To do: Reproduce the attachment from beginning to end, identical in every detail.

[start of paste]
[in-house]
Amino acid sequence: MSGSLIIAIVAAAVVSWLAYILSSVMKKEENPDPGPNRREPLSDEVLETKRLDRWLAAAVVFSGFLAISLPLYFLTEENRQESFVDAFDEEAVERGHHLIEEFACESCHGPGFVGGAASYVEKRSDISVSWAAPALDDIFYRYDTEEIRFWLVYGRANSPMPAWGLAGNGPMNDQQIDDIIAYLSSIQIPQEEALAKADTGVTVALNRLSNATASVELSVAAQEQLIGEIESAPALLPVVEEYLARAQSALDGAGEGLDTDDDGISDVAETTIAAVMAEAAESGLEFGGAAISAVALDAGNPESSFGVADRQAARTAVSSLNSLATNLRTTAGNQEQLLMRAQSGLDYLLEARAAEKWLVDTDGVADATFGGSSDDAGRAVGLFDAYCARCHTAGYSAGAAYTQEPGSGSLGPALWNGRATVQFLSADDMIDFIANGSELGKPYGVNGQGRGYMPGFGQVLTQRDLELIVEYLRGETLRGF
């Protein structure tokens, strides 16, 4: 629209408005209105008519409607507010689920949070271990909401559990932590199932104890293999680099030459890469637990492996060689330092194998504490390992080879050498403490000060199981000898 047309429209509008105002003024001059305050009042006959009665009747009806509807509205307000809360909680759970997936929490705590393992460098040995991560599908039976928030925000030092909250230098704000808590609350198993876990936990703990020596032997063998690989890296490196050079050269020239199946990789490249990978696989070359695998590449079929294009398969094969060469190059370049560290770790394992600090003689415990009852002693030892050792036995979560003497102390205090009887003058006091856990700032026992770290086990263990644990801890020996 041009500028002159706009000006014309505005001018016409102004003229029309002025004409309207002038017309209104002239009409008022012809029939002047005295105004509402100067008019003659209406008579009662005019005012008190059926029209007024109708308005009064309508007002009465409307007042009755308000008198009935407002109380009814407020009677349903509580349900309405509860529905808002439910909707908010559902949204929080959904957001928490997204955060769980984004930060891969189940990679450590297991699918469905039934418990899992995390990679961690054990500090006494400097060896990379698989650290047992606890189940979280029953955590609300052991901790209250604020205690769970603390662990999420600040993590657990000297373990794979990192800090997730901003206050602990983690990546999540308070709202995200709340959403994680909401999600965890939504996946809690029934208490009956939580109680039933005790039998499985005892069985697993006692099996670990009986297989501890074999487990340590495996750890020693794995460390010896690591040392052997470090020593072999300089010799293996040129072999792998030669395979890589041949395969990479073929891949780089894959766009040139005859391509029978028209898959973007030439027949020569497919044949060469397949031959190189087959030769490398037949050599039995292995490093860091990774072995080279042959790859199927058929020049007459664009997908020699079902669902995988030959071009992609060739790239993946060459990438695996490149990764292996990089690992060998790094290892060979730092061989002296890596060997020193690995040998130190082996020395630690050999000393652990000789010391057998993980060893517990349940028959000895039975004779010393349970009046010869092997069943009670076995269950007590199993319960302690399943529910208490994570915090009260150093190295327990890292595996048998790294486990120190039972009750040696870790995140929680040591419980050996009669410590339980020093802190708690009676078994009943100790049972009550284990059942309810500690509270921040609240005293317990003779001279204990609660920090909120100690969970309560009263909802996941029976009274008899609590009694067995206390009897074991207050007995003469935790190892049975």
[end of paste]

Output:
[in-house]
Amino acid sequence: MSGSLIIAIVAAAVVSWLAYILSSVMKKEENPDPGPNRREPLSDEVLETKRLDRWLAAAVVFSGFLAISLPLYFLTEENRQESFVDAFDEEAVERGHHLIEEFACESCHGPGFVGGAASYVEKRSDISVSWAAPALDDIFYRYDTEEIRFWLVYGRANSPMPAWGLAGNGPMNDQQIDDIIAYLSSIQIPQEEALAKADTGVTVALNRLSNATASVELSVAAQEQLIGEIESAPALLPVVEEYLARAQSALDGAGEGLDTDDDGISDVAETTIAAVMAEAAESGLEFGGAAISAVALDAGNPESSFGVADRQAARTAVSSLNSLATNLRTTAGNQEQLLMRAQSGLDYLLEARAAEKWLVDTDGVADATFGGSSDDAGRAVGLFDAYCARCHTAGYSAGAAYTQEPGSGSLGPALWNGRATVQFLSADDMIDFIANGSELGKPYGVNGQGRGYMPGFGQVLTQRDLELIVEYLRGETLRGF
């Protein structure tokens, strides 16, 4: 629209408005209105008519409607507010689920949070271990909401559990932590199932104890293999680099030459890469637990492996060689330092194998504490390992080879050498403490000060199981000898 047309429209509008105002003024001059305050009042006959009665009747009806509807509205307000809360909680759970997936929490705590393992460098040995991560599908039976928030925000030092909250230098704000808590609350198993876990936990703990020596032997063998690989890296490196050079050269020239199946990789490249990978696989070359695998590449079929294009398969094969060469190059370049560290770790394992600090003689415990009852002693030892050792036995979560003497102390205090009887003058006091856990700032026992770290086990263990644990801890020996 041009500028002159706009000006014309505005001018016409102004003229029309002025004409309207002038017309209104002239009409008022012809029939002047005295105004509402100067008019003659209406008579009662005019005012008190059926029209007024109708308005009064309508007002009465409307007042009755308000008198009935407002109380009814407020009677349903509580349900309405509860529905808002439910909707908010559902949204929080959904957001928490997204955060769980984004930060891969189940990679450590297991699918469905039934418990899992995390990679961690054990500090006494400097060896990379698989650290047992606890189940979280029953955590609300052991901790209250604020205690769970603390662990999420600040993590657990000297373990794979990192800090997730901003206050602990983690990546999540308070709202995200709340959403994680909401999600965890939504996946809690029934208490009956939580109680039933005790039998499985005892069985697993006692099996670990009986297989501890074999487990340590495996750890020693794995460390010896690591040392052997470090020593072999300089010799293996040129072999792998030669395979890589041949395969990479073929891949780089894959766009040139005859391509029978028209898959973007030439027949020569497919044949060469397949031959190189087959030769490398037949050599039995292995490093860091990774072995080279042959790859199927058929020049007459664009997908020699079902669902995988030959071009992609060739790239993946060459990438695996490149990764292996990089690992060998790094290892060979730092061989002296890596060997020193690995040998130190082996020395630690050999000393652990000789010391057998993980060893517990349940028959000895039975004779010393349970009046010869092997069943009670076995269950007590199993319960302690399943529910208490994570915090009260150093190295327990890292595996048998790294486990120190039972009750040696870790995140929680040591419980050996009669410590339980020093802190708690009676078994009943100790049972009550284990059942309810500690509270921040609240005293317990003779001279204990609660920090909120100690969970309560009263909802996941029976009274008899609590009694067995206390009897074991207050007995003469935790190892049975």